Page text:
Lang Lang is 100% chinese and so is his name (despite it can easily be misleading, like the other one : Yo Yo Ma - the chinese name is simply Ma Yo Yo). However, he longed to become a "banana chinese" and, obviously, he managed to "achieve" it.
Going back to our entertaining piano interlude, what about the famoso Mitsuko Uchida (she was amazing, three years ago in Berlin, in an incredible "Hammerklavier")? And, most importantly, who is going to refer, ever, to all those "unsung heroes", who, either manage to make a couple (or in some occasions more) CDs, in obscure labels, or none? It's perfectly O.K. to seek for the secure big names in the business, but, thank your lucky stars, there is plenty of greatness out there (both in an enormous discography or in live concerts) that wait for you...
Don't forget Peter Katin.
Who, as I remember, got bad reviews from the British music hacks.
Actually, he was Chinese his name being Pe Ter Ka Tin.
Lang Lang 100% Chinese? No! Another belief shattered on the hard rock of the truth.
You should have seen and heard Benjamin Grosvenor's Prom debut. He held this huge audience in the palm of his hand and his Cziffra encore was simply phenomenal.
Clearly, he is lined up ready to join the greats; Hough, Shelley, Lewis and Osborne.
Which is the "hard rock of truth" about Lang Lang that is news to me? You see, Troyen1, I'm married to a chinese for more than ten years, Beijing is my second hometown and it is not my "belief", but the facts I know about the man.
His name is composed by two different chinese characters : His family name is Lang (in the third tone in mandarin - the descending and ascending one) and the given name is another character which sounds the same (Lang), but in the second tone - the ascending one (so, his name is like a word game). He was born in Shenyang, the second most important city of the Liaoning Province (in Northeast China) and he belongs to the minority ethnic group of Manchu. His father used to be a rather famous player of erhu (the two-string type of violin in the chinese folk music) and his name is Lang Guoren. He grew up in China and, as an adolescent, he started his international quest, going in and out of the country. If, in the meantime, he managed to get some foreign nationalities (which means he denounced his chinese one, since China does not allow double nationality), that confirms what is called here, a "banana chinese".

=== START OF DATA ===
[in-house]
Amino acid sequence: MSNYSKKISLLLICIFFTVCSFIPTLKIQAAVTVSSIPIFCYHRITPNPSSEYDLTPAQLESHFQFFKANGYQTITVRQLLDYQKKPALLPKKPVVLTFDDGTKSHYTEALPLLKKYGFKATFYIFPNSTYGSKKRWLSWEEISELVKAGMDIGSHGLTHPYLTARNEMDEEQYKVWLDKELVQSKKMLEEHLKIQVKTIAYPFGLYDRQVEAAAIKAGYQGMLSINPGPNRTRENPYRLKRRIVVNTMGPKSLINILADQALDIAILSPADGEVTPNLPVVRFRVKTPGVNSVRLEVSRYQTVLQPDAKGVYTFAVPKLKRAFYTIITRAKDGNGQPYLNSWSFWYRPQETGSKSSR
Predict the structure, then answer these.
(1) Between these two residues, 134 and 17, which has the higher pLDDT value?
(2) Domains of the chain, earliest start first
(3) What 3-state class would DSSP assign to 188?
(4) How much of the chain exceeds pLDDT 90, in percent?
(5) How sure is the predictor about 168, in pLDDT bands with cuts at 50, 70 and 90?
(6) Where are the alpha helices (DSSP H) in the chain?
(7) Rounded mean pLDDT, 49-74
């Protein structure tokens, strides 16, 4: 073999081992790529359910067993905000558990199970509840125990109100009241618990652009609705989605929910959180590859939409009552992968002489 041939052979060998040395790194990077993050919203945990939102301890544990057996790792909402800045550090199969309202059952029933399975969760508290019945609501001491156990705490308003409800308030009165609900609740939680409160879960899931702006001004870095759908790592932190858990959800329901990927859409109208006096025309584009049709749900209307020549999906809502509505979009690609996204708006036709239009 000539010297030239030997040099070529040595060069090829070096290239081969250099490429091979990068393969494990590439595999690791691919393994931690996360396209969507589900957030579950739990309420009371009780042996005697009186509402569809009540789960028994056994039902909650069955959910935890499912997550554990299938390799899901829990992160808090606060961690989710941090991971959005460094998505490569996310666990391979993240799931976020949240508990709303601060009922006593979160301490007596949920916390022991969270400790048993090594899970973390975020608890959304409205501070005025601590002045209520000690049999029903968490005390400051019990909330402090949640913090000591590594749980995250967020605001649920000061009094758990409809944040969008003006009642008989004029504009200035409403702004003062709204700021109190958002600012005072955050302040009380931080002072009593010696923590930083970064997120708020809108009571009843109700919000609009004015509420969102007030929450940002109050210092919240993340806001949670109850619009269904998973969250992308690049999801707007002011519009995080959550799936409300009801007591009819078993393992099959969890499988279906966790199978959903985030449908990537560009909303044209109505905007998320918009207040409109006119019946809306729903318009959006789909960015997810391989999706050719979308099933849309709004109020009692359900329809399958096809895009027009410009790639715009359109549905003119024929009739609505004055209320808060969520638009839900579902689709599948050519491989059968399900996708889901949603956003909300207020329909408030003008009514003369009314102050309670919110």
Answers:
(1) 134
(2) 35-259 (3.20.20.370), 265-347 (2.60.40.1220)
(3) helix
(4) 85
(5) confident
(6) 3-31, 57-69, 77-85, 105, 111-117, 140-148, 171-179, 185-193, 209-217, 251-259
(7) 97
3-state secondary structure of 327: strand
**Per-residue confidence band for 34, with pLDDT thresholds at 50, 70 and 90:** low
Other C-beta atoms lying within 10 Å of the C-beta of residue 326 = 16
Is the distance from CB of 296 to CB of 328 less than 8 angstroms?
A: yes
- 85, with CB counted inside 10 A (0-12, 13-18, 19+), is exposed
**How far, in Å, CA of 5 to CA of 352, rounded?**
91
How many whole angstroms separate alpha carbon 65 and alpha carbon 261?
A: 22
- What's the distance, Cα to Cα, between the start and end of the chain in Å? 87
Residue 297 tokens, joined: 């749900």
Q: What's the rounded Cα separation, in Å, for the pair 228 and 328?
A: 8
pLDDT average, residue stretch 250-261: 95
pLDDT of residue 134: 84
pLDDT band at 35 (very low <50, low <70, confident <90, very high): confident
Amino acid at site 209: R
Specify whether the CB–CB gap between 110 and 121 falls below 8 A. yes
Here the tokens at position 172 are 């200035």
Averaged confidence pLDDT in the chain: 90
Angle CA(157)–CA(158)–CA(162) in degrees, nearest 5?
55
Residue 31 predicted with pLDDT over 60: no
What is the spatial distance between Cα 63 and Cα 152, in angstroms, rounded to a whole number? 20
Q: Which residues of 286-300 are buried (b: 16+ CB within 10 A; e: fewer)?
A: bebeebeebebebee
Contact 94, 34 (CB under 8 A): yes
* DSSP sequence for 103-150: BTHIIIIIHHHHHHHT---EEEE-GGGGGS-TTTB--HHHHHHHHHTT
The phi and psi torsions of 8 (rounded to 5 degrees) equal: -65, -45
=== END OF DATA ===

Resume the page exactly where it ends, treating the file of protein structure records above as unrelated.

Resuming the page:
As for his artistry, he has a phenomenal technic, he is immensely telented and he is gifted with a charisma to be likable. However, the man care less about the rest and he let his great talent to go astray, possibly for the big bucks. So, he has adopted this pop persona of the larger than life artist, who does anything for publicity at the detriment of the music he is supposed to serve. I saw him live in Berlin several times, when I lived there (2003-2008), and he never convinced me for what he played (even Rachmaninov's third). Of course, he could dazzle the audience and carried it away. Some of his recordings, though, sound better, mainly because of the excellent production values.
However, if you put L.L. along with the pianists you mention as "greats", then I should not disagree; all of them are halfway through towards... greatness (all four very consistent, good musiciens, but still they need some time towards the poetry, the great spirit and eventually the authority).